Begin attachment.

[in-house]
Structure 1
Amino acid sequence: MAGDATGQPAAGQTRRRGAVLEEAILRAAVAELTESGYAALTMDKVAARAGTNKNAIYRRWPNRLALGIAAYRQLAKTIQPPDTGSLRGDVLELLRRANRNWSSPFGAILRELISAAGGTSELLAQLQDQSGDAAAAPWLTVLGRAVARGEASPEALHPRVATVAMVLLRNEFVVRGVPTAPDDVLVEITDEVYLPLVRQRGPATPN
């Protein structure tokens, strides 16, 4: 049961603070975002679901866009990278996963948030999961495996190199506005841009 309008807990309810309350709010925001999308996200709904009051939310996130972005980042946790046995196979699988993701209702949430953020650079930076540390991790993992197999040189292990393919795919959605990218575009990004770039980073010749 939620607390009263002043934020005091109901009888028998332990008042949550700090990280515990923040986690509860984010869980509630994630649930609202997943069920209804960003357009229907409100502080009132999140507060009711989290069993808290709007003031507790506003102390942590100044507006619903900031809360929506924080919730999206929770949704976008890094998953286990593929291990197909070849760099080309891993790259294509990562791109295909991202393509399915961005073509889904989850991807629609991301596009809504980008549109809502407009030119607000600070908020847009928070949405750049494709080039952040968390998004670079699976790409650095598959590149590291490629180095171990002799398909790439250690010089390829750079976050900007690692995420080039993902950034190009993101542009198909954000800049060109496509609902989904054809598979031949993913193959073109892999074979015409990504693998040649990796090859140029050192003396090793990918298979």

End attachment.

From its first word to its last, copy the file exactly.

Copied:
[in-house]
Structure 1
Amino acid sequence: MAGDATGQPAAGQTRRRGAVLEEAILRAAVAELTESGYAALTMDKVAARAGTNKNAIYRRWPNRLALGIAAYRQLAKTIQPPDTGSLRGDVLELLRRANRNWSSPFGAILRELISAAGGTSELLAQLQDQSGDAAAAPWLTVLGRAVARGEASPEALHPRVATVAMVLLRNEFVVRGVPTAPDDVLVEITDEVYLPLVRQRGPATPN
């Protein structure tokens, strides 16, 4: 049961603070975002679901866009990278996963948030999961495996190199506005841009 309008807990309810309350709010925001999308996200709904009051939310996130972005980042946790046995196979699988993701209702949430953020650079930076540390991790993992197999040189292990393919795919959605990218575009990004770039980073010749 939620607390009263002043934020005091109901009888028998332990008042949550700090990280515990923040986690509860984010869980509630994630649930609202997943069920209804960003357009229907409100502080009132999140507060009711989290069993808290709007003031507790506003102390942590100044507006619903900031809360929506924080919730999206929770949704976008890094998953286990593929291990197909070849760099080309891993790259294509990562791109295909991202393509399915961005073509889904989850991807629609991301596009809504980008549109809502407009030119607000600070908020847009928070949405750049494709080039952040968390998004670079699976790409650095598959590149590291490629180095171990002799398909790439250690010089390829750079976050900007690692995420080039993902950034190009993101542009198909954000800049060109496509609902989904054809598979031949993913193959073109892999074979015409990504693998040649990796090859140029050192003396090793990918298979």